Pirates have a blast beating the Dodgers and Julio Urías, spoiling festivities
The first occurrence was unprecedented. The second was unfathomable.
Utility player Tucupita Marcano hit a two-run home run off Julio Urías’ poorly located four-seam fastball in the second inning Tuesday night at Dodger Stadium, giving the Pittsburgh Pirates an early four-run lead.
Just as he did Monday night against Walker Buehler. Second inning. Poorly located four-seam fastball. That three-run home run provided Pittsburgh with an early lead.
The home runs were the first of Marcano’s big league career.
And they both led to frustrating Dodgers losses, this one by a 5-3 score. Marcano’s home run followed a two-run shot by Michael Chavis in the first inning, and the Pirates capped the scoring with a run in the ninth.
Craig Kimbrel gave up two ninth-inning runs in a 6-5 loss to the Pittsburgh Pirates, but Clayton Kershaw and Andrew Heaney took steps to come off IL.
“We didn’t know what to expect from [Marcano],” Dodgers manager Dave Roberts said. “Clearly, he’s on the fastball.”
The cheeky Pirates, whose payroll of $60 million is a mere 28% of the Dodgers’ $263.5-million figure, frustrated Buehler and Urías so much that they both threw their gloves.
Buehler hurled his at the bat rack in the Dodgers’ dugout after Marcano’s three-run home run Monday, and Urìas tossed his in the air on the field after slowpoke Pirates catcher and UCLA product Tyler Heineman bunted for a single to lead off the fourth inning Tuesday.
The early Bucs blasts muted what began as a festive evening for the sellout Dodger Stadium crowd of 52,686 with Urìas bobbleheads distributed and top-flight mariachi band Garibaldi de Jaime Cuéller featuring singer Lupita Infante playing between innings on the video screen.
The Dodgers mustered only four hits against starter Mitch Keller and four relievers. Trea Turner — whose hitting streak is now 23 games and who has hit in 87 of his 100 games as a Dodger — blasted a two-run home run in the third inning, but that was the only damage against Keller, who came in with a 1-5 record and 6.05 ERA.
The Dodgers quickly put runners on first and third against reliever Tyler Beede in the sixth, and Justin Turner scored on a strike-three passed ball that cut the deficit to 4-3, but with two outs Mookie Betts popped up.
Betts closed out a historic May that included 12 home runs and 10 doubles — the 22 extra-base hits are a Dodgers record — with a whimper. Betts scored 31 runs and drove in 27 during the month and batted .426 over the last two weeks, but he went 0 for 4 on Tuesday.
Roberts said Betts is playing even better than when he led the Dodgers to their 2020 World Series title.
“When a guy is swinging the bat like he is, every borderline call goes his way, every soft contact goes his way, but then he’s also squaring up a lot of balls,” Roberts said.
Except that Betts and the rest of the Dodgers didn’t hit as well as the unheralded Marcano and the rest of the Pirates for the second night in a row.
Milestone birthday for Doc
Roberts turned 50 on Tuesday, and the crowd sang “Happy Birthday” to him a few minutes before the game. He planned to celebrate afterward with his wife, Tricia, son Cole and daughter Emme, all of whom were in attendance.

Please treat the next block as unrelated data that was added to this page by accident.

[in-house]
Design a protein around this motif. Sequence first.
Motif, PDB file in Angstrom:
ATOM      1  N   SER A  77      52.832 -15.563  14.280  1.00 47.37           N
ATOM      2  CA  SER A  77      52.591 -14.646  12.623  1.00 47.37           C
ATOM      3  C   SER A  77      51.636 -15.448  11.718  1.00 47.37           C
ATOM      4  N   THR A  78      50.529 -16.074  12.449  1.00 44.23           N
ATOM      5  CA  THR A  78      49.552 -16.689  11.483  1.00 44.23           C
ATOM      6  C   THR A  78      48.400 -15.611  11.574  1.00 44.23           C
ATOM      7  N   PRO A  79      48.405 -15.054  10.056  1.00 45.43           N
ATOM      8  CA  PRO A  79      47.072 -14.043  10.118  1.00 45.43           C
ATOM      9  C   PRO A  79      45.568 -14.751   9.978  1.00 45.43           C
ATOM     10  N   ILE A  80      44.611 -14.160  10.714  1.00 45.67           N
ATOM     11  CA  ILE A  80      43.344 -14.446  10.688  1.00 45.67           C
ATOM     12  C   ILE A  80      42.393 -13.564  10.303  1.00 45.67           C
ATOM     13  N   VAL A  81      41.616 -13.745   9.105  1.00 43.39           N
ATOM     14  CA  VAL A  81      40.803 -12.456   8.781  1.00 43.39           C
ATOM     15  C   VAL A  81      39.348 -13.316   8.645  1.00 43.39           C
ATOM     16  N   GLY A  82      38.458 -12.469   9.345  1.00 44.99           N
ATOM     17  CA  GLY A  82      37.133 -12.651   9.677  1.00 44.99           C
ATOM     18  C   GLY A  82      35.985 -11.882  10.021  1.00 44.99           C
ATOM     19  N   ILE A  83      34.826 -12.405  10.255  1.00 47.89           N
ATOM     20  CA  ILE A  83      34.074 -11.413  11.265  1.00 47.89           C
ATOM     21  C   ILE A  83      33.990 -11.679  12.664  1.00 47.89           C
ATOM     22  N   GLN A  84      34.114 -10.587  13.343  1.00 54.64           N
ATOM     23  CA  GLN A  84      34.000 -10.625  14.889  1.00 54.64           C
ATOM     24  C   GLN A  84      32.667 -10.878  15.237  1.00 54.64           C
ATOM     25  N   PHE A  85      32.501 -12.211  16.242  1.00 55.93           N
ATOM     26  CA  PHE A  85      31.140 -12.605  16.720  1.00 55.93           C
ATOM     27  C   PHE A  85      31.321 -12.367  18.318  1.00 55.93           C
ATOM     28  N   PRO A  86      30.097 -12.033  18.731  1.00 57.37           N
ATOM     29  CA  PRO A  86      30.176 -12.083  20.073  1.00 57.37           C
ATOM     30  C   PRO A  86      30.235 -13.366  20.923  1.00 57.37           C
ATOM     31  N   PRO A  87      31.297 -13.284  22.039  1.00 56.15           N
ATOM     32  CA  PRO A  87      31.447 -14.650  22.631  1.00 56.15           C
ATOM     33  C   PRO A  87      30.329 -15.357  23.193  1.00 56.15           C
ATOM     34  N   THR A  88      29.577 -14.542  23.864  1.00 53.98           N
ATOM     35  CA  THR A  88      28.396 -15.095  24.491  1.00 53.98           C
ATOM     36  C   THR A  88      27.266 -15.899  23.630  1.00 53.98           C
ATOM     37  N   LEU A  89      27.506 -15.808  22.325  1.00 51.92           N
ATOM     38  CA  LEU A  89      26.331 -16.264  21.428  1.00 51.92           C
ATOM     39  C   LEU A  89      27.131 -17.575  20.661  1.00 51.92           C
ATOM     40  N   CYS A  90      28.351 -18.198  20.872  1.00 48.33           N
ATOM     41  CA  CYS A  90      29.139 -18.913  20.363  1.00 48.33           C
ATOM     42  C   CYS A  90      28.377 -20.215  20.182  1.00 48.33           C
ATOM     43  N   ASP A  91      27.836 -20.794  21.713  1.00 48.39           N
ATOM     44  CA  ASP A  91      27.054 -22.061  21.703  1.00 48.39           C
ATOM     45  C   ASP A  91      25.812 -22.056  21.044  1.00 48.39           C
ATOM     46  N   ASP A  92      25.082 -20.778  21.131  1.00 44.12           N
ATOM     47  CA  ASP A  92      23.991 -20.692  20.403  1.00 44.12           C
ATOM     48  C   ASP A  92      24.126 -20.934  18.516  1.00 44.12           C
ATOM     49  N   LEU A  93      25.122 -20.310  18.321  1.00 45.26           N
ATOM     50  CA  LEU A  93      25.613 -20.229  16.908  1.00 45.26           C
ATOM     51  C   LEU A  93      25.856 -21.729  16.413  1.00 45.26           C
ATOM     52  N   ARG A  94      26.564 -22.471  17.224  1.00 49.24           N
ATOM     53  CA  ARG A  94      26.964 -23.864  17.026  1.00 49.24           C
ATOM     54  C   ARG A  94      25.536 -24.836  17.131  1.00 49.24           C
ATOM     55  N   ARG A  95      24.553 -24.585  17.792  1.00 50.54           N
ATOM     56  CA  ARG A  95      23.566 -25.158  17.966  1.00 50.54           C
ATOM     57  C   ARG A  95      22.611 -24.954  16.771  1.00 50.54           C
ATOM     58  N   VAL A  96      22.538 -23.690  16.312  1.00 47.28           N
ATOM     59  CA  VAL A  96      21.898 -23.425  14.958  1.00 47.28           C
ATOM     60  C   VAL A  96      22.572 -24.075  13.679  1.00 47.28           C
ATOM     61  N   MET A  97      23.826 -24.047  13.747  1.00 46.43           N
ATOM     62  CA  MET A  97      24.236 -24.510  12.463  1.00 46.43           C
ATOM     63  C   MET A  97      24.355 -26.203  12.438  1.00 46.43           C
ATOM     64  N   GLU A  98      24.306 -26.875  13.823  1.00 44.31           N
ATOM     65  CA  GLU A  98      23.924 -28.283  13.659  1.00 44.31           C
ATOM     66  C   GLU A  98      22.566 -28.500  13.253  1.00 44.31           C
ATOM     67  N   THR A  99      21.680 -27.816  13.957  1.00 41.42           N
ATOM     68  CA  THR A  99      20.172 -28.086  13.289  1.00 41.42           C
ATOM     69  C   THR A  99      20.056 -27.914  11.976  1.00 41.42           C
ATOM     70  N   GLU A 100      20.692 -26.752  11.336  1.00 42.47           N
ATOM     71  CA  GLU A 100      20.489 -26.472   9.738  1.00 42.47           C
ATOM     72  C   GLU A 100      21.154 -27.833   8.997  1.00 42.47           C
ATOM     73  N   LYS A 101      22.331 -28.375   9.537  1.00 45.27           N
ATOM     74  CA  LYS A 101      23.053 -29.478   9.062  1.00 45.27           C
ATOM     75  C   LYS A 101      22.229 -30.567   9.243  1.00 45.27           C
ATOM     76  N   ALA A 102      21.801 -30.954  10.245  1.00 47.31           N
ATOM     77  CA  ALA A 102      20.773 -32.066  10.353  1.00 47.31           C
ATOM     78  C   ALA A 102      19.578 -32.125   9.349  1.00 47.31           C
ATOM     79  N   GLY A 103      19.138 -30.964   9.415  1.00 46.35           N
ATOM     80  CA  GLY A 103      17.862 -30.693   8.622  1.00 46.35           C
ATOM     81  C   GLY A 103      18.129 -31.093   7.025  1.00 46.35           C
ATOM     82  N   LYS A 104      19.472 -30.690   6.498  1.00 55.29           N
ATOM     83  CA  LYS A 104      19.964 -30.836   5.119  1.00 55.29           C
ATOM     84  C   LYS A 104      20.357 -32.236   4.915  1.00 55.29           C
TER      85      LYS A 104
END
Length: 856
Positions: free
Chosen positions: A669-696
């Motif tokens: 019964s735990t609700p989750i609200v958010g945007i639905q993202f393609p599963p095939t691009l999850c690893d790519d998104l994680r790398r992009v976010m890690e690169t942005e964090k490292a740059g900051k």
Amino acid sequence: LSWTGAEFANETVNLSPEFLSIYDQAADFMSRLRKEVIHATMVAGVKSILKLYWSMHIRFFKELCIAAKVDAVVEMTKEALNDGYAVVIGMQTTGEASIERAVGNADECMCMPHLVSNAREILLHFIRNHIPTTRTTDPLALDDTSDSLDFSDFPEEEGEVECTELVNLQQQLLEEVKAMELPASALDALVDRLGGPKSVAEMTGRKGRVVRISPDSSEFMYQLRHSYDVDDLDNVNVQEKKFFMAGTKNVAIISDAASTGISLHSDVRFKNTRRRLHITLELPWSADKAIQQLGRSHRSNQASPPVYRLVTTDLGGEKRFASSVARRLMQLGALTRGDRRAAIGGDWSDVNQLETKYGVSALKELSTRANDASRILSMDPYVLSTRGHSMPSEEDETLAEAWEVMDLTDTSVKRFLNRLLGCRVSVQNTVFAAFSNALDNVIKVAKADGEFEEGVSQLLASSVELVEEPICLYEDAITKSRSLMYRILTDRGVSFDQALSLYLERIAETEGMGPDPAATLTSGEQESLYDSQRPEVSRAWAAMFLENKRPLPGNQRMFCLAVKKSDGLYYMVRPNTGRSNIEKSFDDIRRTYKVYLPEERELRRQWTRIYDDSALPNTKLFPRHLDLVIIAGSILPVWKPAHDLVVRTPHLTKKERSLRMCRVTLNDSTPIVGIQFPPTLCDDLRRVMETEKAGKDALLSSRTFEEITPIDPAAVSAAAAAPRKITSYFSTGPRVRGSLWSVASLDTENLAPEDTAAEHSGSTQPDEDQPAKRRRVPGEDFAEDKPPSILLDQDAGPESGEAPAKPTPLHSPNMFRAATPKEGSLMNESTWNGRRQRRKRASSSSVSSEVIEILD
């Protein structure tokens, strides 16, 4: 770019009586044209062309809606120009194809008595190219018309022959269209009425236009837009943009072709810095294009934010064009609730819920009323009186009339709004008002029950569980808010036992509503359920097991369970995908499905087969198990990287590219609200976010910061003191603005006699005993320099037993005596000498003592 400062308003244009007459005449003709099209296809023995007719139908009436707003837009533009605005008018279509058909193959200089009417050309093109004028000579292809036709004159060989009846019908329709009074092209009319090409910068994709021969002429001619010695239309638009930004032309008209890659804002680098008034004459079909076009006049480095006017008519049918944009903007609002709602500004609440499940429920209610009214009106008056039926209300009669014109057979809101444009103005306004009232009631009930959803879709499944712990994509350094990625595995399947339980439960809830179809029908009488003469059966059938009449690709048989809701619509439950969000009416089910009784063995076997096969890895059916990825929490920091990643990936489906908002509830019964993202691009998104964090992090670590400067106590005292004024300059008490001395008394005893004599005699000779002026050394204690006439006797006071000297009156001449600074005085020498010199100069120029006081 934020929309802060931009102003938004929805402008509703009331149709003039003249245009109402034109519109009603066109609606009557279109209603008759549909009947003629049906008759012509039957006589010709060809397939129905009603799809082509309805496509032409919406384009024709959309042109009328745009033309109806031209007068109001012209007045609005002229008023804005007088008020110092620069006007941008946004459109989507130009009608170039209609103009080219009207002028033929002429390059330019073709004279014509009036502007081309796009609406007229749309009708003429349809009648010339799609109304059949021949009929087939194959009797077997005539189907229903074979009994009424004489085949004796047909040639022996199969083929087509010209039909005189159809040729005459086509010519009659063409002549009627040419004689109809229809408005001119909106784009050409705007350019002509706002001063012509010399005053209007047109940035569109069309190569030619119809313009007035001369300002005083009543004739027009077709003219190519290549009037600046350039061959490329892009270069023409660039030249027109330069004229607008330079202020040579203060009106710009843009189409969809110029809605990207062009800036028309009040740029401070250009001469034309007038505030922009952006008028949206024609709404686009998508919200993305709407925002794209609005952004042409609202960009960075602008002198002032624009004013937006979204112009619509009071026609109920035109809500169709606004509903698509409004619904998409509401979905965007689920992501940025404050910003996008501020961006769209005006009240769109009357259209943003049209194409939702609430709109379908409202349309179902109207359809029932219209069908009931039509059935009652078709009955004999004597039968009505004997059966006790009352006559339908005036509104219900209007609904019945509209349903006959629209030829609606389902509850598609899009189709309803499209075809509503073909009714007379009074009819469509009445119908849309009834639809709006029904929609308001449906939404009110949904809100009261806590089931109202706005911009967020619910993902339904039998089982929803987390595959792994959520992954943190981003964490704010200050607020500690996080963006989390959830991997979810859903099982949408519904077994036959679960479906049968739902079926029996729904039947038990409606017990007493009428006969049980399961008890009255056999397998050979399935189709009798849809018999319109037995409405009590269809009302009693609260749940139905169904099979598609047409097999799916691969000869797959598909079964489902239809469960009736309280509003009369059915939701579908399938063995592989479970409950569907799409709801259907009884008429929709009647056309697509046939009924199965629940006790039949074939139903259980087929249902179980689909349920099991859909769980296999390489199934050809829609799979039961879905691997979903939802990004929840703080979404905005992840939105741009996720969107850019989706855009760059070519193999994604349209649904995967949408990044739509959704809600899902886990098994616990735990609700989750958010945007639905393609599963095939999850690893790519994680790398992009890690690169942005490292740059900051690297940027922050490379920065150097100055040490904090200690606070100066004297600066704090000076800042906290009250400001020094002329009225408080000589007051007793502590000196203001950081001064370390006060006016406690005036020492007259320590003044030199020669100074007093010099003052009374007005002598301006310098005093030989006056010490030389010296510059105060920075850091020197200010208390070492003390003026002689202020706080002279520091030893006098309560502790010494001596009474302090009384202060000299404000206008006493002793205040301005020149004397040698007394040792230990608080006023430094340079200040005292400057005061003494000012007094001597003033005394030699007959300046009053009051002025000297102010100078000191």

“I’ve got one kid [Cole] in college and one kid [Emme] going into college, and to have everyone here is special,” he said. “Days like this with all of them are numbered. They won’t happen very often going forward.
“I’ve got a lot to be grateful for, and I think my best years are ahead of me.”
He has had some excellent years already. Roberts boasts the highest winning percentage of any manager in major league history at .625. His detractors are quick to point out the Dodgers’ superior talent since he took the helm in 2015.
That much is undeniable. But the same is true of every manager with a winning percentage significantly higher than .500. Joe McCarthy is second to Roberts at .615, and he managed the New York Yankees from 1931 to 1946.
The numbers suggest a major league manager is only as good as his roster. Look no further than the career of Hall of Famer Joe Torre as evidence. His teams posted winning records in five of his first 14 seasons with the New York Mets, Atlanta Braves and St. Louis Cardinals. Only his 1982 Braves made the playoffs, and they were swept in the first round.
Max Muncy goes on the injured list because of inflammation in his left elbow.
Torre was named manager of the uber-talented Yankees in 1996 and immediately possessed a winning touch. The Yankees won four World Series in his first five seasons and at least 92 games every season but one in his 12 with the team. Torre finished his career with three seasons as Dodgers manager but didn’t take them to the World Series.
Roberts, of course, stepped into a plum position with the Dodgers and has won five division titles, three National League pennants and the 2020 World Series title. He’s well on his way to the Hall of Fame if he remains with the Dodgers and they continue to stock their roster with talent.
Cody Bellinger missed his second game in a row because of a strained abductor tendon. Roberts said he expected Bellinger to play Wednesday. ... Starters Clayton Kershaw and Andrew Heaney are scheduled to begin rehabilitation assignments this weekend. Heaney will make two or three starts at triple-A Oklahoma City before returning to the Dodgers. Kershaw might only need one rehab start before being activated. ... Max Muncy is on the injured list mostly as a way for the slumping infielder to pause and reset. He’s been taking ground balls before games. “We are really at peace with letting him drive it as far as how he feels,” Roberts said. “Obviously, the longer he’s away from playing with us, the more an of an option a [minor league rehab assignment] is before he comes back.”
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